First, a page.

Wednesday, 16 September 2009

Puppy housetraining: moving on from the pee pads

Some house trained dogs show obvious signs when they need to go out, like scratching or barking at the door. But others aren’t as adept at telling people when they need to relieve themselves. They know that outside is the place to go, but they can’t figure out how to get there. So they station themselves by a door and wait…and wait…and wait. If their people don’t notice them in time, these dogs are forced to urinate or defecate inside, often right in front of the door where they’ve been silently waiting.

If this sounds like your dog then you need to teach him to do something obvious to ask for outdoor access. One of the simplest solutions is to train him to ring a “doorbell.” When your dog rings his bell, you can clearly hear his request, even if you’re in another room.

Step 1: Teach your dog to touch the bell with his nose

You can make your own dog doorbell using a couple of small bells from a crafts supply store. Attach some kind of sturdy string to the bells. (You’ll use the string later to hang the bells on a doorknob or on a hook next to your door.) Before starting your first training session, cut a number of tasty treats into bite-sized pieces.

  1. Say “Touch” and present the bells to your dog. Hold them just an inch or two away from his nose. He’ll probably move toward the bells to sniff them. (If he doesn’t, you can rub a treat on the bells to make them a little more interesting.)
  2. The moment your dog’s nose touches the bells, say “Good dog!” and immediately give him a treat. Here your timing is important, your dog needs to know he’s doing the right thing the instant he touches the bells with his nose. (If you use a clicker to train your dog, you can click instead of praising.)
  3. Repeat 10 to 15 times or until your dog readily touches the bells with his nose.
  4. When your dog confidently pokes the bells with his nose as soon as you present them an inch or two in front of him, start to present the bells a little further away or off to the side each time you say “Touch.” Your dog will have to turn his head or take a few steps to touch the bells.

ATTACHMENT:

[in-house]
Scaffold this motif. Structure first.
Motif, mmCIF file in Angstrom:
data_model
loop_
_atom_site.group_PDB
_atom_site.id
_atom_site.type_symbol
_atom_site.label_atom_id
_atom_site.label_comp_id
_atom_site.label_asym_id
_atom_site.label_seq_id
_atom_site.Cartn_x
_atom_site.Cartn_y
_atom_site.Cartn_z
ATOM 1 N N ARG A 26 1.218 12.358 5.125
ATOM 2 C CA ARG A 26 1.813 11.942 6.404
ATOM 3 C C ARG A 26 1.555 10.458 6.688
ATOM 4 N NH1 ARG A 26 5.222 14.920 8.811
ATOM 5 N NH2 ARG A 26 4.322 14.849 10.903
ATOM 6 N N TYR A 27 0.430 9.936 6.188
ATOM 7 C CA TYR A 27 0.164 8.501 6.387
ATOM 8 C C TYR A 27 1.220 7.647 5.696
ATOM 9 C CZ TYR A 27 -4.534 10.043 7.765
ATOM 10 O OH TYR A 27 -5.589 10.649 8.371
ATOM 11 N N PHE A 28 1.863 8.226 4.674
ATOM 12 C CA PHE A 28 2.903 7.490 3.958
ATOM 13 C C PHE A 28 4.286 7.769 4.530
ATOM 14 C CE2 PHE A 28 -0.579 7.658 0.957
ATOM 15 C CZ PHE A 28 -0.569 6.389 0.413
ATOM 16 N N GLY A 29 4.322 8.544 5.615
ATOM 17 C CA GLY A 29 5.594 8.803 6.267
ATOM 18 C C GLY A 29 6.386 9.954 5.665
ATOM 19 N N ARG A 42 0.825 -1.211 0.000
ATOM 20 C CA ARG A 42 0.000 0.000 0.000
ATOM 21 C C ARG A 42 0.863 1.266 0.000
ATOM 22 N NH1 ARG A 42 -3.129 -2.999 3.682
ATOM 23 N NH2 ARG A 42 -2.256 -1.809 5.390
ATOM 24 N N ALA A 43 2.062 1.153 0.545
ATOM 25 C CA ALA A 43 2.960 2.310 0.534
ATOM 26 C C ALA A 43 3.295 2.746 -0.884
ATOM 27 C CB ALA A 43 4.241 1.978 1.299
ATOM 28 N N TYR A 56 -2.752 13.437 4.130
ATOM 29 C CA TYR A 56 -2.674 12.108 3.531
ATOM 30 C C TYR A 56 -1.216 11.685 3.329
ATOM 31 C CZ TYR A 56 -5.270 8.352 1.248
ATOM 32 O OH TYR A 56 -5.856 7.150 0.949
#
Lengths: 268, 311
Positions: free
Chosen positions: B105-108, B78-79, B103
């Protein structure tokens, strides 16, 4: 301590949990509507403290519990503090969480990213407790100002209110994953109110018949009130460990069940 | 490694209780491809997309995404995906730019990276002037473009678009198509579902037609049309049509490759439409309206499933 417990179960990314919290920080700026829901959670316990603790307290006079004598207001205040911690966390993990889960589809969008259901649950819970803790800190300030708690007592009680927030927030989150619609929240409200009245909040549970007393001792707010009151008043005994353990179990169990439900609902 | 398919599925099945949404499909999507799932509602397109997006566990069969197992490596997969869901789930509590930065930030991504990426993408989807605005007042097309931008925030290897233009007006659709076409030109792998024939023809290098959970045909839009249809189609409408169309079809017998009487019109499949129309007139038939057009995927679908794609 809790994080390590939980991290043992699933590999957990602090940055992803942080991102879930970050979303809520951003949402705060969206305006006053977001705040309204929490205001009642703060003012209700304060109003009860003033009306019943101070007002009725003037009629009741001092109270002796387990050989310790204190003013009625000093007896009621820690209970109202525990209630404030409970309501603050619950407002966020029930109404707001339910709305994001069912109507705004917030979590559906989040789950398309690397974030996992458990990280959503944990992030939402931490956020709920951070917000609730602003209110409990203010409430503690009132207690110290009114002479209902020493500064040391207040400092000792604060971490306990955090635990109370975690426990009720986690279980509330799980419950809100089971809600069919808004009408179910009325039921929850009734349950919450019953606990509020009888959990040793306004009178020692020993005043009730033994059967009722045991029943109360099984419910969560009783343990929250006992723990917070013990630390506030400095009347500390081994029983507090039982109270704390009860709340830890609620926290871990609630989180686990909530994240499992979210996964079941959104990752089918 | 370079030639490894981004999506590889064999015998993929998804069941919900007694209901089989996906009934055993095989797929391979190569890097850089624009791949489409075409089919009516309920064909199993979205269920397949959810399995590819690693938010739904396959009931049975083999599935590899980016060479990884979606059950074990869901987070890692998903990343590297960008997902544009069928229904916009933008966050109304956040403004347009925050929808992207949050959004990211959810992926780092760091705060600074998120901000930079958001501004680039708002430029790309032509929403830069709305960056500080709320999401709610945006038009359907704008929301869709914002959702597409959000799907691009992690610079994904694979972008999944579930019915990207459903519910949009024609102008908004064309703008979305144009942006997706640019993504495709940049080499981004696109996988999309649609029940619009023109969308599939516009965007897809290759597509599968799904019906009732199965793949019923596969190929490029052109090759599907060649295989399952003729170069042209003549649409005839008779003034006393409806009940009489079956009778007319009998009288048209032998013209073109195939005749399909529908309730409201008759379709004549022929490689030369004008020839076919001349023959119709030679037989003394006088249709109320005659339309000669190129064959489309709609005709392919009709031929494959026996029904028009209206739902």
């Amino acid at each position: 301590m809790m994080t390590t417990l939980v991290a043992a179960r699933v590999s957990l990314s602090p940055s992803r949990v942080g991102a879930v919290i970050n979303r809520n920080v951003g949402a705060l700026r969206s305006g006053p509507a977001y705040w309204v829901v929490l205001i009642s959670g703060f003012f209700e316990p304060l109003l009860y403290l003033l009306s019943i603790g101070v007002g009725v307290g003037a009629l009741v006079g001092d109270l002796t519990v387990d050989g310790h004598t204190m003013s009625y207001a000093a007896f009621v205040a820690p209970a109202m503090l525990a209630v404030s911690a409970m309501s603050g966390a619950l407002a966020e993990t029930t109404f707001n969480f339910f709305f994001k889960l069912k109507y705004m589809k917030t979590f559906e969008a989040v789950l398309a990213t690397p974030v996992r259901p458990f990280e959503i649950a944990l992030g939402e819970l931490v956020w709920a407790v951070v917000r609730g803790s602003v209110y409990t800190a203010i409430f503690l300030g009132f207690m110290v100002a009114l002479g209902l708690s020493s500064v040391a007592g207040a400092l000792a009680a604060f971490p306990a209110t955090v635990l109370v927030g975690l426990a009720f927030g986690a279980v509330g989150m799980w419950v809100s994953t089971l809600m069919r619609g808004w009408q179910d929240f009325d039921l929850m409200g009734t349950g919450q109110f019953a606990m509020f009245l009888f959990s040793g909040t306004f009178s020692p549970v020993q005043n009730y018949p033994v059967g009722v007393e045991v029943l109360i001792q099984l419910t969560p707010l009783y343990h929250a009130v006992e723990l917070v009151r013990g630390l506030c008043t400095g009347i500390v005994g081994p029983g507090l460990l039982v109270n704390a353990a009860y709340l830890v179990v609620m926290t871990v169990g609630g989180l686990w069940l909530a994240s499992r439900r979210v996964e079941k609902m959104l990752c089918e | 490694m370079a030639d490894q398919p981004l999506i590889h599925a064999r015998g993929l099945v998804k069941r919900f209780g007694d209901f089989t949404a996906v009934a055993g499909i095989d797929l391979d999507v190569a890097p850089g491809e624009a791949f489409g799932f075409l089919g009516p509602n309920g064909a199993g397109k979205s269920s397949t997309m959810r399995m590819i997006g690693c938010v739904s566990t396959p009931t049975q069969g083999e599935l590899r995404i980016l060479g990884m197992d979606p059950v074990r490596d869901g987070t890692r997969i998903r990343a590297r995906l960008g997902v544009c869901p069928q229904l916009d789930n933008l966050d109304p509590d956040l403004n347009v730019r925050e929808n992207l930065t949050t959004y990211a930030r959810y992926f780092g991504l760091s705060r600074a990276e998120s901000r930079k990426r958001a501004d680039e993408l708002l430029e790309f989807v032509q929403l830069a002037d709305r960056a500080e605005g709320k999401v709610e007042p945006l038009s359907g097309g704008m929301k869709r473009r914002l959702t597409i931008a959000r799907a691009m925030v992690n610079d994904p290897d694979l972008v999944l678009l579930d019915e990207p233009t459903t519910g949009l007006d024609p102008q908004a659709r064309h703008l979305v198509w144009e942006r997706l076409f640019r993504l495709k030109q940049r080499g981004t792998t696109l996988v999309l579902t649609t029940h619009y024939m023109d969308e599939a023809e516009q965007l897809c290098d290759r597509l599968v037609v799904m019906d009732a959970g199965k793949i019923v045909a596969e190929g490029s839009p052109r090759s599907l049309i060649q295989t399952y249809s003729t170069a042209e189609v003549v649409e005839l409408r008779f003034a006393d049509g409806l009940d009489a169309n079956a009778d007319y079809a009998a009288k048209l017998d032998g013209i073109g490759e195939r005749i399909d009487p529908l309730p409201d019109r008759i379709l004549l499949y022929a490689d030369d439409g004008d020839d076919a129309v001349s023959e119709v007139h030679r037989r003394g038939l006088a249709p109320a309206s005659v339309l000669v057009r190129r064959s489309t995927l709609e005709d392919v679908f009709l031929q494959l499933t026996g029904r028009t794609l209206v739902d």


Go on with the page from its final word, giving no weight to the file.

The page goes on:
Spend three to five days practicing the exercise above, aiming for at least one practice session per day. Then you’re ready for Stage Two.

Stage Two: Teaching Your Dog to Ring the Bell on the Door

Use the string connected to the bells to hang them on your doorknob or on a hook next to your door. Get your treats ready and call your dog over to the door.

  1. Take the bells in your hand (with them still hanging on the knob), say “Touch,” and hold them out toward your dog.
  2. Right when your dog’s nose touches the bells, say “Good dog!” and give him a treat.
  3. Repeat 5 to 10 times or until your dog readily touches the bells as soon as you say ”Touch.”

    After a short break from the three steps above, do the exercise again, but this time just point to the bells instead of holding them.

  4. Say “Touch,” and point to the bells.
  5. As soon as your dog touches the bells with his nose, say "Good dog” and give a treat. (If he doesn’t touch the bells, repeat steps 1, 2 and 3 above, holding the bells in your hand when you ask your dog to touch them. After practicing these steps for a couple of days, try just pointing to the bells again.)
  6. Repeat the exercise 5 to 10 times.

Plan to practice Stage Two with your dog for three to five days, just like you practiced Stage One.

Stage Three: Teaching Your Dog to Ring the Bell at the Right Time

Now you can put your plan into action. When you take your dog outside for a toilet break ask him to touch the bells with his nose right before you open the door.

  1. Approach the door with your dog. Say “Touch,” and point to the bells.
  2. The moment he touches the bells with his nose, say “Good dog!” Then open the door and let your dog go outside.

Ask your dog to ring the bells every time you take him out. With repetition, your dog will learn that he has to touch the bells with his nose to make you open the door. Eventually, when he wants to go outside, he’ll go to the door on his own and ring the bells.

The first time this happens, praise him enthusiastically and immediately let him outside. Give him a few tasty treats after he does his business to make sure he understands that you love it when he rings the bell.


Playtime vs. Toilet time

Once they discover that bell ringing makes the door open, many clever dogs ring the bells whenever they’d like go outside—even when they don’t need to relieve themselves. If this sounds like your dog, you need to teach him that bell ringing is only for relieving himself. When he rings the bell to go out, praise him, clip on his leash and take him directly to the place where you’d like him to eliminate. Don’t play with him. Just give him three to five minutes to urinate or defecate. If he does, great! Praise him again and give him a treat before taking him back in. If he doesn’t do his business, just take him back inside.

Dogs Who Prefer Using Their Paws

Does your dog seem reluctant to touch things with his nose? If so, try teaching him to ring a doorbell with his paw instead. There are a number of dog doorbells currently on the market, such as the Tell Bell™ or the Lentek Pet Chime. After mounting one of these products on your wall or placing it on the floor, you can train your dog to paw or step on it. See the product’s packaging or user manual for training instructions.

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